At the end of the day it doesn’t really matter what we’re doing on a date night as long as it’s something at least tolerable to both of us that gets us out of our typical pattern. Our dates break up the monotony of disappointment and treatment. They give us bright spots of joy during this dark time, and to be honest, I’ll take the good times where I can get them. Life is short and we’ve already spent over two years traveling this crazy road of infertility. It’s good to take little breaks to have fun and remember why we’re even on this journey — we love each other and enjoy spending time together. I believe that regardless of where our road is headed, our date nights will continue to bring us closer together in love.


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Toasting Our Survival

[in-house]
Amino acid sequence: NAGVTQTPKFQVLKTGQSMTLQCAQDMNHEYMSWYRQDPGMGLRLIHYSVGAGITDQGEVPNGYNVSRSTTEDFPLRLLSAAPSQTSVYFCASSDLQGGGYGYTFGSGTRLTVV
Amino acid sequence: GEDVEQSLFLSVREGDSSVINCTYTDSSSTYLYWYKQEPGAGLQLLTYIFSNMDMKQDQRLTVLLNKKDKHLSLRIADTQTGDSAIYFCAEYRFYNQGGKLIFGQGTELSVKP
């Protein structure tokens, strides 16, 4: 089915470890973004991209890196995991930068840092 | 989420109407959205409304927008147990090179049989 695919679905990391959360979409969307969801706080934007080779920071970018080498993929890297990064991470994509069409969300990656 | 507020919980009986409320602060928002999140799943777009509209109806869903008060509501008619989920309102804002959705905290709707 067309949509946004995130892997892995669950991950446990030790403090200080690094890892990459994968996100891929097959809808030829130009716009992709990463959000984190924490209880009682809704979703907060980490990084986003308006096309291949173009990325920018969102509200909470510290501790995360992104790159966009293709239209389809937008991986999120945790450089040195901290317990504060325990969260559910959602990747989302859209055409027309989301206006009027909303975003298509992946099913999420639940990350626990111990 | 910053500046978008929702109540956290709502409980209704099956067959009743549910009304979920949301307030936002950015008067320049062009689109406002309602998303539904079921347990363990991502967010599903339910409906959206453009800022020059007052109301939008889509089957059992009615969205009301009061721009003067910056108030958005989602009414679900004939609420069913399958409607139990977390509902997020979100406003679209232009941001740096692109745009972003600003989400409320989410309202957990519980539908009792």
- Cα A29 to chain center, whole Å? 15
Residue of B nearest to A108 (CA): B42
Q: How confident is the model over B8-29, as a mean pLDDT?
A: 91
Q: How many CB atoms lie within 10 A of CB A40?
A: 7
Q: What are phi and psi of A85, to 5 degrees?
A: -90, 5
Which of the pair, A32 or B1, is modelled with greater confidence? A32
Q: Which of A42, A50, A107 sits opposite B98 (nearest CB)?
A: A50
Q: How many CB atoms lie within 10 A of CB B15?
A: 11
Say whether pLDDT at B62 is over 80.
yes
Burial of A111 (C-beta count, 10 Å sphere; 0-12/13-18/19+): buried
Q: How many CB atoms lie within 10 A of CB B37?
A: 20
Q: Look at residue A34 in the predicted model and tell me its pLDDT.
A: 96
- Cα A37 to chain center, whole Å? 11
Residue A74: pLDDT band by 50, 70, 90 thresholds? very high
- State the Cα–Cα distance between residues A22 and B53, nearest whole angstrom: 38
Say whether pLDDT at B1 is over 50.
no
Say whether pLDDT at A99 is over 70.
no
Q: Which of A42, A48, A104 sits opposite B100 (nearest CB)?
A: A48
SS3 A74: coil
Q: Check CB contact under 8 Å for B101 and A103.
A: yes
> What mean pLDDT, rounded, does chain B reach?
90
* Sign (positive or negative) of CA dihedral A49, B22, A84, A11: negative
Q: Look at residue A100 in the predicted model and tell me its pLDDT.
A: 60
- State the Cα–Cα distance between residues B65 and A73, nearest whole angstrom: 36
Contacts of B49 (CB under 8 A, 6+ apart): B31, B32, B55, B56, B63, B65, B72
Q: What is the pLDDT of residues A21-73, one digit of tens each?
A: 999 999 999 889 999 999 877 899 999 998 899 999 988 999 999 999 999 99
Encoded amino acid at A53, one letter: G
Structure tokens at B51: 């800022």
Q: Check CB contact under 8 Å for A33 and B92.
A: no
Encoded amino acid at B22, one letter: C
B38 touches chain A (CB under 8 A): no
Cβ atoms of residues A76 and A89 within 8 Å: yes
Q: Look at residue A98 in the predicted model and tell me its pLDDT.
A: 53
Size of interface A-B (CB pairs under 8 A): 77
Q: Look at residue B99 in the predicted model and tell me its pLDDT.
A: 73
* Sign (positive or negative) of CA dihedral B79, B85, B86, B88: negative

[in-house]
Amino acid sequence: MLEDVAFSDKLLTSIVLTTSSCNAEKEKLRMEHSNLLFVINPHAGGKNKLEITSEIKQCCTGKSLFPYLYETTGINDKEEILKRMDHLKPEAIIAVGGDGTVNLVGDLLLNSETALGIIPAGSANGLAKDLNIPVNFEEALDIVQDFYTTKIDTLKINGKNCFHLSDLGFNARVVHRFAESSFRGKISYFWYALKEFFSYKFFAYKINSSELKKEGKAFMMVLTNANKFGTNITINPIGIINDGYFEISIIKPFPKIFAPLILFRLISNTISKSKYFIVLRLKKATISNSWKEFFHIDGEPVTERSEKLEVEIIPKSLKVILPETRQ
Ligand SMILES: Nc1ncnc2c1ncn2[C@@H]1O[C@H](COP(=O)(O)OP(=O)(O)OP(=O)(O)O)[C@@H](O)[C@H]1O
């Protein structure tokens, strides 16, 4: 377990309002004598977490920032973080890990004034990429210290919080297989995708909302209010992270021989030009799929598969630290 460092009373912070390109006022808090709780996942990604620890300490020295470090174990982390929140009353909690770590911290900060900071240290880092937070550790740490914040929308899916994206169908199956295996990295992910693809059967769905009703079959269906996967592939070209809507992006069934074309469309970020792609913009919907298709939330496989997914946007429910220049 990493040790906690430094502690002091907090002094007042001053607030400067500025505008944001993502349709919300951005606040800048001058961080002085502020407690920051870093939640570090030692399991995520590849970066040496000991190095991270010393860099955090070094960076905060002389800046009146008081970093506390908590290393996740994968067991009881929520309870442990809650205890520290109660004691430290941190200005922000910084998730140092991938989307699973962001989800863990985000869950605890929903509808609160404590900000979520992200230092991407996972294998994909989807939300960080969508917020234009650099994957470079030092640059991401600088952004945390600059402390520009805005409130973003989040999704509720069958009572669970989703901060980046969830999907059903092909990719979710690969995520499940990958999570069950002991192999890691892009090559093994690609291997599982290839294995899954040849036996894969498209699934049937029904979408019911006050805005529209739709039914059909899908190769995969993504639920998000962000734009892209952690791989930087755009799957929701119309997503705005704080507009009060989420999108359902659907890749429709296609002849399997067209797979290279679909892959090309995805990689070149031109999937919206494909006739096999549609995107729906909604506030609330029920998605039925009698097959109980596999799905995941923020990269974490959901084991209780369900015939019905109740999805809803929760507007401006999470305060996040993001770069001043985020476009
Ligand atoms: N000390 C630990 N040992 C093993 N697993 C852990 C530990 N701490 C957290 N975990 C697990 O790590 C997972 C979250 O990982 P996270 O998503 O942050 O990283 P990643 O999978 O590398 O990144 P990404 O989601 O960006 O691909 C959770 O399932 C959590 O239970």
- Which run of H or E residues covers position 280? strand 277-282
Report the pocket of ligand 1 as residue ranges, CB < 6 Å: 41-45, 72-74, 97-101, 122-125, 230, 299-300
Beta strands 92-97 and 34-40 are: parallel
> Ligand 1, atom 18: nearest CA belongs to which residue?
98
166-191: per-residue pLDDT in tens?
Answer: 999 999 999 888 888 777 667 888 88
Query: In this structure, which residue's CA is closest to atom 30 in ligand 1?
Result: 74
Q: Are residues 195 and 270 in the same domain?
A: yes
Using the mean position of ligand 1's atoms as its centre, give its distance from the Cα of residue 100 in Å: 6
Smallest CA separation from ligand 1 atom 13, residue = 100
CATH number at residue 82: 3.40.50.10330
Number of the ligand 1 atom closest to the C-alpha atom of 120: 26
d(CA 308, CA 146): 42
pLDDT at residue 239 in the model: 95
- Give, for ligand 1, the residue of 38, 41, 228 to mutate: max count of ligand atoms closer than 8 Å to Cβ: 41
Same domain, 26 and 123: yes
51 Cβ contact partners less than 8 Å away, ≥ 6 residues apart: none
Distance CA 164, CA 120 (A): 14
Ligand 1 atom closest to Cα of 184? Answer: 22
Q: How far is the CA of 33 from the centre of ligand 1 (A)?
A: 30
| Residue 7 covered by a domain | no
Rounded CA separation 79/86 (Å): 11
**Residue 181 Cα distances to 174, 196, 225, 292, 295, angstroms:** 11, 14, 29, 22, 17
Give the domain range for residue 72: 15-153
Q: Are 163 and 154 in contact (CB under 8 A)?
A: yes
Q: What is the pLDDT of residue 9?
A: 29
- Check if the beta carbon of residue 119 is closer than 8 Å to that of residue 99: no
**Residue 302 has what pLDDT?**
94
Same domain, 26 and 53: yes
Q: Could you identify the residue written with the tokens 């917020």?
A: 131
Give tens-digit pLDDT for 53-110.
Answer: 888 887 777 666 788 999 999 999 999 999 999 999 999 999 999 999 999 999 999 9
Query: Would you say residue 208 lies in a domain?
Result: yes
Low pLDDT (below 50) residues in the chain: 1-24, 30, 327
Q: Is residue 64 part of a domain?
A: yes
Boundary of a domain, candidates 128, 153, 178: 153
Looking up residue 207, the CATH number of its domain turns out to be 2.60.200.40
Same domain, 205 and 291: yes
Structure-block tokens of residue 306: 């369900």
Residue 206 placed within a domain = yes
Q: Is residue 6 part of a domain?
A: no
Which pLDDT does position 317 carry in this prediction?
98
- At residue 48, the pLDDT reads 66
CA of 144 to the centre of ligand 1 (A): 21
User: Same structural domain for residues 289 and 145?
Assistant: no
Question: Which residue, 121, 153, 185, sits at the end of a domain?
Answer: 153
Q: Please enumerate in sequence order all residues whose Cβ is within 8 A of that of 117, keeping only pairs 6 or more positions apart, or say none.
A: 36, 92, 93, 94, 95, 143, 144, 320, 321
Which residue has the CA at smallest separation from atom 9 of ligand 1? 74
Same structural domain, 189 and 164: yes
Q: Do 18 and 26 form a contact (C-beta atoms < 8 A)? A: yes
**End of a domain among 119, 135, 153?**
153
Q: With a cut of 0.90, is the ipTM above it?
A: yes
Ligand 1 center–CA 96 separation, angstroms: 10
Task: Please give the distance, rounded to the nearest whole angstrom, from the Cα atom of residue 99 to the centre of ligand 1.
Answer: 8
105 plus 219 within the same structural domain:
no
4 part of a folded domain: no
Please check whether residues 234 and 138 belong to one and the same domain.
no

toasting_our_survivalMonths ago when we sat down and planned out our first few weeks of date nights I included “bubble bath & champagne” in our list. During that first bubble bath while drinking champagne, it occurred to me how much I really liked champagne… and by champagne I mean a sparkling wine because “real” champagne is only from a certain part of France and the kind we like is from somewhere else… it’s sweeter. In fact, when we asked for it to be served at our wedding we were informed it was a “downgrade” because it wasn’t the real stuff. We didn’t care. It’s yummy. Anyway, I digress. I decided then and there in the bathtub that every month following, whenever my period arrived, we would treat ourselves to a bottle of champagne. Not to celebrate another month of disappointment and loss, certainly not that, but instead to celebrate each other and our survival of another month trekking through hell trying to grow our family. Because survival is truly what we are doing, and every month that this pain doesn’t swallow me whole is a month worth celebrating.